T and I have been married for almost a year and a half. It is the first marriage for both of us and we don’t have any children (yet).
I am not, and have never been, a “kid-person”, but our state of childlessness can still be difficult for me at times. Especially as I recently turned 35, my husband is deployed, and I seem to be living in what I have christened, “Baby Purgatory”.
During the past 18 months, there have been 11 pregnancies at my workplace, my sister-in-law delivered my niece, my three cousins and their spouses have birthed two babies and conceived two more, and let’s not even go into the Dr. Spock forum that is Facebook. And then there is the genre that is swelling more rapidly than a second trimester belly: the Mommy Blog.
I’m practically drowning in amniotic fluid over here. All of this can definitely make me feel like the Lone Ranger. My ovaries – I’m assuming – still occasionally creak out an egg with dry pop and a puff of smoke, but with a husband who is several continents away…it doesn’t seem to matter much.
Meanwhile, new and seasoned mommies alike are uploading adorable pictures and relating loveable anecdotes via every social media medium known to man.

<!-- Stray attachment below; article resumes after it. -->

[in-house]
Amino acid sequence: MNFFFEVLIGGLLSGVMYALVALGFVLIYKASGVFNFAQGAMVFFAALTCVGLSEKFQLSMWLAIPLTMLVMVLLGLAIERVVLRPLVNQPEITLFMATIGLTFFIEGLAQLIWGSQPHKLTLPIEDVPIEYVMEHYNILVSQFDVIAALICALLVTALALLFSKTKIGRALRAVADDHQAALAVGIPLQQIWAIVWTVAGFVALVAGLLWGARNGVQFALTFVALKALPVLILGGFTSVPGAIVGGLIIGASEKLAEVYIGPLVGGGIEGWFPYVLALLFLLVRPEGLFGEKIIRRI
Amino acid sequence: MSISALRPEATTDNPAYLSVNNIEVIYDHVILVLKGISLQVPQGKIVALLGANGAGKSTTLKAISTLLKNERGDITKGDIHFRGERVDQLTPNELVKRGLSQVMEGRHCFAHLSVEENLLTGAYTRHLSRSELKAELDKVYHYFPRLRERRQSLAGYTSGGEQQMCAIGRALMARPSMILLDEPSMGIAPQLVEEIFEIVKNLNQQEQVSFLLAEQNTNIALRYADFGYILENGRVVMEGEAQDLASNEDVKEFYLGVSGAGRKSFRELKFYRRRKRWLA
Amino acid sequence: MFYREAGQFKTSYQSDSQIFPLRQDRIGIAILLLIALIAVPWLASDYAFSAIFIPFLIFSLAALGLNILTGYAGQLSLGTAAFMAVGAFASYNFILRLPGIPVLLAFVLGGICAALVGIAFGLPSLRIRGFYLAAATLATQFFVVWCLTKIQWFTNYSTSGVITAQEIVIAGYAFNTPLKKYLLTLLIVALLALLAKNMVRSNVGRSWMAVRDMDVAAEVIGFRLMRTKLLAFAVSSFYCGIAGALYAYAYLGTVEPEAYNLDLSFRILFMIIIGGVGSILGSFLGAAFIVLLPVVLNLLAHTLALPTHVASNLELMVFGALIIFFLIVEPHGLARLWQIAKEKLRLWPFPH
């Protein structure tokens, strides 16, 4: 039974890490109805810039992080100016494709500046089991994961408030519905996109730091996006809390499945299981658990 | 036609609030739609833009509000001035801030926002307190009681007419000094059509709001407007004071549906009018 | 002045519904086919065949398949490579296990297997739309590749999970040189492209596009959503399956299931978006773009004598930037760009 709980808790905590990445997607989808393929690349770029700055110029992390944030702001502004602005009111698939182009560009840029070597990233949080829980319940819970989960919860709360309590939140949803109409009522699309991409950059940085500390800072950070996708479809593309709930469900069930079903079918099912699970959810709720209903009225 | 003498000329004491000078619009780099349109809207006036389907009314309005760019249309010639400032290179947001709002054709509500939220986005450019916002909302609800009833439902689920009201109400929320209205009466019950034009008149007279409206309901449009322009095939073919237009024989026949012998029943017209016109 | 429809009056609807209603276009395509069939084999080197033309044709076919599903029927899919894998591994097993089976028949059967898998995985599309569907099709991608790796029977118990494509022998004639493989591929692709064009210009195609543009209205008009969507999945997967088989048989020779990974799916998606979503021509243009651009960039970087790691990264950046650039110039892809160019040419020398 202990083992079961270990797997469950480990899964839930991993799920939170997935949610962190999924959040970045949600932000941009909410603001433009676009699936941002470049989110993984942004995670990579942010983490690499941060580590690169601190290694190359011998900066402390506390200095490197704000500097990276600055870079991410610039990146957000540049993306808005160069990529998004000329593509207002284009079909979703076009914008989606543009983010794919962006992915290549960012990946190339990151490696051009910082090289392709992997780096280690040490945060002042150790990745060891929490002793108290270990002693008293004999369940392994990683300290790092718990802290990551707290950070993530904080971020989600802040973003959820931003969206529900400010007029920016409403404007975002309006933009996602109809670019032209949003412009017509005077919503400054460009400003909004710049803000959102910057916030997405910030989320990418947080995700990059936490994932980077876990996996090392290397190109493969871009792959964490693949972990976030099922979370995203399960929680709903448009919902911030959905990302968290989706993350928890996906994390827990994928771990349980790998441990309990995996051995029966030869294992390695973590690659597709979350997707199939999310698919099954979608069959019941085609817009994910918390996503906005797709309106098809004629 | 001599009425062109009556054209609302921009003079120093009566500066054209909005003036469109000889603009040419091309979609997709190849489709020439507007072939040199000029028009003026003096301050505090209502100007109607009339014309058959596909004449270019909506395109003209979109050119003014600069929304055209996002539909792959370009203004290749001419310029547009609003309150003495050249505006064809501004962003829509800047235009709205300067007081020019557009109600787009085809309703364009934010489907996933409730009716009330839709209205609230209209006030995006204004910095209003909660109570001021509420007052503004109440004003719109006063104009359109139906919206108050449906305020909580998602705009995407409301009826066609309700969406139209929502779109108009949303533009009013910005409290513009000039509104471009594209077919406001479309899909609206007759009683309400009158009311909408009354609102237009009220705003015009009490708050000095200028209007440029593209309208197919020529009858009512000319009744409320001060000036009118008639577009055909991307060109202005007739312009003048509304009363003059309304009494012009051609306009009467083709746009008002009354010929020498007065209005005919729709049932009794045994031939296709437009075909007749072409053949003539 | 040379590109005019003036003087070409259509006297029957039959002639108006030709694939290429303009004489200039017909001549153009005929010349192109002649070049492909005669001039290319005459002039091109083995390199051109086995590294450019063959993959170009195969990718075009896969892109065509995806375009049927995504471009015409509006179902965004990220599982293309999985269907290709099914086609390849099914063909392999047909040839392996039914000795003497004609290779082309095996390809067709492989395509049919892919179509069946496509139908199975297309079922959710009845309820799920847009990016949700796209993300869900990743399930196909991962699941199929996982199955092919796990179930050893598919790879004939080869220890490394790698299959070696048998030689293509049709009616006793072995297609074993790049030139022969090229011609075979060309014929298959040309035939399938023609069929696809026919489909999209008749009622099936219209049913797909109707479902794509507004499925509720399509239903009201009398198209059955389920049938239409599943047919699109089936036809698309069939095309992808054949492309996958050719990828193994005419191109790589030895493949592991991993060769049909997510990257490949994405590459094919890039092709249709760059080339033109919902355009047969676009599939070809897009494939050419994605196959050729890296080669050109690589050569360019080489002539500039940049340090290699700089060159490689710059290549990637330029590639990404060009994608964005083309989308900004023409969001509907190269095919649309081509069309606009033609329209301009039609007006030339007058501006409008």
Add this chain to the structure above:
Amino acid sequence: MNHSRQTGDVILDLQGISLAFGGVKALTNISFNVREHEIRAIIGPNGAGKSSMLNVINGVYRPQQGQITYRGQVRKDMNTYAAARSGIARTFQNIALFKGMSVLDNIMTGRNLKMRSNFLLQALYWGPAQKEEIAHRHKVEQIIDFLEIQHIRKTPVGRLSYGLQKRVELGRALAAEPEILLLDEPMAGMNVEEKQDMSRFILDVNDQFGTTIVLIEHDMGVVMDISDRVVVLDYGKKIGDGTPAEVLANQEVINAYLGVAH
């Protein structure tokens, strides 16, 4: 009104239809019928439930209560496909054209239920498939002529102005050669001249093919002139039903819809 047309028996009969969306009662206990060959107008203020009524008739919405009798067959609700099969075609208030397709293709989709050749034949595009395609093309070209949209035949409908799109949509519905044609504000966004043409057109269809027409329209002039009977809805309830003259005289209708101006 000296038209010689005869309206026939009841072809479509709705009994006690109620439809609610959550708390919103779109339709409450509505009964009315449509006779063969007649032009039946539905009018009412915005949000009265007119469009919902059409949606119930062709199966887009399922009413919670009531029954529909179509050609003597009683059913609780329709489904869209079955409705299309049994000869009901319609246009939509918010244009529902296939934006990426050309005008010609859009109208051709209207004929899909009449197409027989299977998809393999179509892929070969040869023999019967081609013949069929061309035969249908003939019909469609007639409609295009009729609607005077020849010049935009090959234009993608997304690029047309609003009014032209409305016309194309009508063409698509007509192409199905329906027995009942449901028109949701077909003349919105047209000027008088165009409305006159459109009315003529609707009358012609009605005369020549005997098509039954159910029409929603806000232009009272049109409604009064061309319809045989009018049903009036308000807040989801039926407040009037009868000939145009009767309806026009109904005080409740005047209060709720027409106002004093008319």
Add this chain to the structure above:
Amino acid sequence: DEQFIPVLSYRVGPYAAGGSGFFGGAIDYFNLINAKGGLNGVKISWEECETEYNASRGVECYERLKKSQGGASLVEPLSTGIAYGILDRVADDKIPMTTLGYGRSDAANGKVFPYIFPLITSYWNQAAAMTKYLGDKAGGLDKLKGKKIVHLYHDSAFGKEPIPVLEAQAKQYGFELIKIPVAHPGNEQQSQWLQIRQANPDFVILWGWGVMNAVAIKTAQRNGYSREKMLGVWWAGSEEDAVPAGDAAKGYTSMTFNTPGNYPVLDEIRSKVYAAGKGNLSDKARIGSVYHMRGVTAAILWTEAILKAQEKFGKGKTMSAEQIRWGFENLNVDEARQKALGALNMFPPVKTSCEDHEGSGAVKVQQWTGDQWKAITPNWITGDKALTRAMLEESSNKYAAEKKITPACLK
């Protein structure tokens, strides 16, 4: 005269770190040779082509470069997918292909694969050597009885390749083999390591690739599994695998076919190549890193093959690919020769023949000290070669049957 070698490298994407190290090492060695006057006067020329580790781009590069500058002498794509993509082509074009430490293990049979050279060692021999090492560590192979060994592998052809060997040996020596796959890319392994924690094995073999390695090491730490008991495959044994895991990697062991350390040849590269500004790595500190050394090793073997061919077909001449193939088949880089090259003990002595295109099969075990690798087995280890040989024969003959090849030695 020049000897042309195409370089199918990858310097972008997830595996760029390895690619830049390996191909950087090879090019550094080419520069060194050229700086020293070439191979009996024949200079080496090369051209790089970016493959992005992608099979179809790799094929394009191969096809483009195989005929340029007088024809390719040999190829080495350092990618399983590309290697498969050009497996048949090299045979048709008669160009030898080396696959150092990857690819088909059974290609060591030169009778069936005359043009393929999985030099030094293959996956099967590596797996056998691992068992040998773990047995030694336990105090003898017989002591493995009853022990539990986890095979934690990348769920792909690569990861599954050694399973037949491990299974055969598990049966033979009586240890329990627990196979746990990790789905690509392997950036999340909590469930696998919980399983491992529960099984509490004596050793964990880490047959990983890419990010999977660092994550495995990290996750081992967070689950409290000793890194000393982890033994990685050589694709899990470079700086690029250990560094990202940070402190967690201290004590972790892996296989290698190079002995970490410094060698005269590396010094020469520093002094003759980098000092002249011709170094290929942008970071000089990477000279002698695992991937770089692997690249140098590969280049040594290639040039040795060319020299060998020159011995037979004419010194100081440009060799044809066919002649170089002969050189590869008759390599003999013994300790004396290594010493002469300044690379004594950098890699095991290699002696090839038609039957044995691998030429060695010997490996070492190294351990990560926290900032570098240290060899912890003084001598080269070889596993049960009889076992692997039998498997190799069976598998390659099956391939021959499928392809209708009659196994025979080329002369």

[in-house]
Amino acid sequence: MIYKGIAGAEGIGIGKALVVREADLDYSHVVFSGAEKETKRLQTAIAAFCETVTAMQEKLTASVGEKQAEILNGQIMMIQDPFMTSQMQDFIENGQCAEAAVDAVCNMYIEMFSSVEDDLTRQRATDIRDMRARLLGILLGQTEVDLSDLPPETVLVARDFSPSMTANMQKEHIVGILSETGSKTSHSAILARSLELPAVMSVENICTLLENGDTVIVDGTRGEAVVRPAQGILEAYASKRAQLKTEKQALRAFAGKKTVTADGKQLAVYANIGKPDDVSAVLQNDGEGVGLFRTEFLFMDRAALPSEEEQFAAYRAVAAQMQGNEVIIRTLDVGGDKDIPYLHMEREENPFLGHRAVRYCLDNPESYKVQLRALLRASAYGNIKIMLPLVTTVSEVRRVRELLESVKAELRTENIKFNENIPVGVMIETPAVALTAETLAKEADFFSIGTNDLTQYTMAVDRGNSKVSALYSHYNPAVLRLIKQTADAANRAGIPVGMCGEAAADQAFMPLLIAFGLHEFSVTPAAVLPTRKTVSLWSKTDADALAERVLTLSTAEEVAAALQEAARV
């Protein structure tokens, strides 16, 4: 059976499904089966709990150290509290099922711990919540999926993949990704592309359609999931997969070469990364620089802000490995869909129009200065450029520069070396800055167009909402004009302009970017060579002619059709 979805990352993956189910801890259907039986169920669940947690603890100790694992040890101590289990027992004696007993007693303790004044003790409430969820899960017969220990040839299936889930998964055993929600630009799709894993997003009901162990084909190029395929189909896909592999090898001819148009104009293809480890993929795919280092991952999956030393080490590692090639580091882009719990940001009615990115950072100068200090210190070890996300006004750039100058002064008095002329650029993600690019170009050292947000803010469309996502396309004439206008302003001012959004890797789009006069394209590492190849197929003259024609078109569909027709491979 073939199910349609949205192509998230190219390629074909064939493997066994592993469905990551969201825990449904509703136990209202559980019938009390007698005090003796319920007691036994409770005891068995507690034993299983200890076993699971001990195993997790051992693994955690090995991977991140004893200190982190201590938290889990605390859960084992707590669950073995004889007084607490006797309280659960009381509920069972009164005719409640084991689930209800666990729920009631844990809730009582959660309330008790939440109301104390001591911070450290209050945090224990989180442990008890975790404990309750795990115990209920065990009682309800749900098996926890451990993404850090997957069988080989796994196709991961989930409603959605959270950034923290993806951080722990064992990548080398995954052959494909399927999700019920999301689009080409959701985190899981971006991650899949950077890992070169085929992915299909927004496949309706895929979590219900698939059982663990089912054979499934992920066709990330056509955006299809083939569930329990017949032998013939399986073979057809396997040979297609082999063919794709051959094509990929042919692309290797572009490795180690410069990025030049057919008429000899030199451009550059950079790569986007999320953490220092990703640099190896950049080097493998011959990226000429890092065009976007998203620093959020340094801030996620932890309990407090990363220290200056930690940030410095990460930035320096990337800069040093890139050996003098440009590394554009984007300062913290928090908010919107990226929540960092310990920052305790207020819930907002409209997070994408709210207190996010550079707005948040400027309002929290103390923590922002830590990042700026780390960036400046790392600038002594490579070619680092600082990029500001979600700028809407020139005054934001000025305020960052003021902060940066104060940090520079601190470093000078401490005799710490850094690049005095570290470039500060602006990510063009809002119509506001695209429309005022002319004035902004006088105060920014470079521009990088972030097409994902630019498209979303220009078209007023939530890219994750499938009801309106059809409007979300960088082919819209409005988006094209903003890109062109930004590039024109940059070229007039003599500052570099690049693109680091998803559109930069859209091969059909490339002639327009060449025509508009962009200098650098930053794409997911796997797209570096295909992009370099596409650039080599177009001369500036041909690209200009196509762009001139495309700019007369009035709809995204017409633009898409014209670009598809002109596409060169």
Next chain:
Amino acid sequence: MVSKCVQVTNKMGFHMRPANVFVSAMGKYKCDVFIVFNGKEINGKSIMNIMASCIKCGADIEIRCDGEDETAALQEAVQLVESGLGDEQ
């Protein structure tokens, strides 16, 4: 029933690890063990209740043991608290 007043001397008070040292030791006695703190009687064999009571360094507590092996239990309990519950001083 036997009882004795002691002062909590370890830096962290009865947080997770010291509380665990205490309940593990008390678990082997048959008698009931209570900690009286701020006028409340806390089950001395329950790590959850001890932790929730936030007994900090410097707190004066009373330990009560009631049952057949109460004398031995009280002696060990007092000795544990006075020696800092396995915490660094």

Then again, they are also tweeting their tiredness, blogging their boredom, and Facebooking way, waaay too many details. (Please, please believe me when I say that no one on your Friend list wants to know whether your mucus plug is still intact, your kid has shat his meconium, or that your nipples are chafing. They just don’t.)
Clearly, motherhood is not all funny lines and poses.
With this in mind, and to help me feel better about not (yet) having small hands to hold, curious minds to mold and – most of all – an excuse to reread my Ramona Quimby books, I have compiled the following list of things I still totally dig about not having kids:
- My house is blissfully quiet.
- I can sleep past 6:00 a.m. on weekends.
- When I get home from work, I can take a nap if I want to.
- T and I still have two incomes.
- When T is here, I get him all to myself.
- When T calls, I don’t have to share the phone.
- I don’t have to learn to change a diaper yet.
- I don’t have people giving me unwanted advice on pregnancy, childbirth, breastfeeding or childrearing.
- I can finish my grocery shopping in under a half hour.
- I never knew – or cared – what meconium was until very recently.
- T and I can go out to dinner, see a movie or go hiking without having to find a babysitter.
- I don’t have to worry about my child’s safety or happiness.
- When someone else’s child is screaming, I can walk out of the store.
- I have had a lot longer to watch and learn from others’ successes or mistakes.
- I can go pee with some degree of privacy (not counting Jackie and Owen, who both feel the need to follow me into the bathroom).
- I’ve never – that I recall – posted anything about bodily functions on Facebook.